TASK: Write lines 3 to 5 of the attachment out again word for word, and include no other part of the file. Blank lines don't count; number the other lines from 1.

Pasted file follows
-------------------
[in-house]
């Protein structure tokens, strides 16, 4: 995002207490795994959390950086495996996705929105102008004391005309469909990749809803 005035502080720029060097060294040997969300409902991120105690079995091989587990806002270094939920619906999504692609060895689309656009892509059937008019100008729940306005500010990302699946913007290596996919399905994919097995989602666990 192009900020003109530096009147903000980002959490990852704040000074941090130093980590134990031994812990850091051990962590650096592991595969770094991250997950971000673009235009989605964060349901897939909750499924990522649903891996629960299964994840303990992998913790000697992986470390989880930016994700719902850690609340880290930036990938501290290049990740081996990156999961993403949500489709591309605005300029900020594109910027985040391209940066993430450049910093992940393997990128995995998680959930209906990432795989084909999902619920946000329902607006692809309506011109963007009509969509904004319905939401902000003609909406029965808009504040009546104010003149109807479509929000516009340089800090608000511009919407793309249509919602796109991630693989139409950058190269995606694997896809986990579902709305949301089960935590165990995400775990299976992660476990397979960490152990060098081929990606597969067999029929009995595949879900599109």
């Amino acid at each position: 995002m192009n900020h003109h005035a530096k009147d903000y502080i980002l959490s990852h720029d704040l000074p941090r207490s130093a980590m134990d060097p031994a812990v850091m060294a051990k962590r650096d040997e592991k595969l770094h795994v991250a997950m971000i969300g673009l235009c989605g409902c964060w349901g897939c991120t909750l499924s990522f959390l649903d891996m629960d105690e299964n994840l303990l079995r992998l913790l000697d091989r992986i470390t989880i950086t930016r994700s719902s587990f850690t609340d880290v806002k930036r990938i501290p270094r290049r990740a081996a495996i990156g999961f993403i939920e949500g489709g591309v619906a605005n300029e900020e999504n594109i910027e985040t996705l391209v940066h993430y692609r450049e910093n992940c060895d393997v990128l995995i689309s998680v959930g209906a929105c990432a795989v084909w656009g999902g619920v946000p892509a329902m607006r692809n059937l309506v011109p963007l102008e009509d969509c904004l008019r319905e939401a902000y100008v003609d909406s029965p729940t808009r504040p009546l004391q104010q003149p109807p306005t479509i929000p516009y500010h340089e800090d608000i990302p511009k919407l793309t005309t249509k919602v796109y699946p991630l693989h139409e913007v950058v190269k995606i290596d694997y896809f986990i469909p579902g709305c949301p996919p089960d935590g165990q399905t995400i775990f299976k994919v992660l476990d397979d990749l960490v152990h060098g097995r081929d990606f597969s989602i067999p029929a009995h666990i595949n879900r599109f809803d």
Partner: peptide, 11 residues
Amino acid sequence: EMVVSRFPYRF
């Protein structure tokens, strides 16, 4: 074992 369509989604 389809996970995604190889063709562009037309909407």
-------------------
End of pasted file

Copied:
């Amino acid at each position: 995002m192009n900020h003109h005035a530096k009147d903000y502080i980002l959490s990852h720029d704040l000074p941090r207490s130093a980590m134990d060097p031994a812990v850091m060294a051990k962590r650096d040997e592991k595969l770094h795994v991250a997950m971000i969300g673009l235009c989605g409902c964060w349901g897939c991120t909750l499924s990522f959390l649903d891996m629960d105690e299964n994840l303990l079995r992998l913790l000697d091989r992986i470390t989880i950086t930016r994700s719902s587990f850690t609340d880290v806002k930036r990938i501290p270094r290049r990740a081996a495996i990156g999961f993403i939920e949500g489709g591309v619906a605005n300029e900020e999504n594109i910027e985040t996705l391209v940066h993430y692609r450049e910093n992940c060895d393997v990128l995995i689309s998680v959930g209906a929105c990432a795989v084909w656009g999902g619920v946000p892509a329902m607006r692809n059937l309506v011109p963007l102008e009509d969509c904004l008019r319905e939401a902000y100008v003609d909406s029965p729940t808009r504040p009546l004391q104010q003149p109807p306005t479509i929000p516009y500010h340089e800090d608000i990302p511009k919407l793309t005309t249509k919602v796109y699946p991630l693989h139409e913007v950058v190269k995606i290596d694997y896809f986990i469909p579902g709305c949301p996919p089960d935590g165990q399905t995400i775990f299976k994919v992660l476990d397979d990749l960490v152990h060098g097995r081929d990606f597969s989602i067999p029929a009995h666990i595949n879900r599109f809803d």
Partner: peptide, 11 residues
Amino acid sequence: EMVVSRFPYRF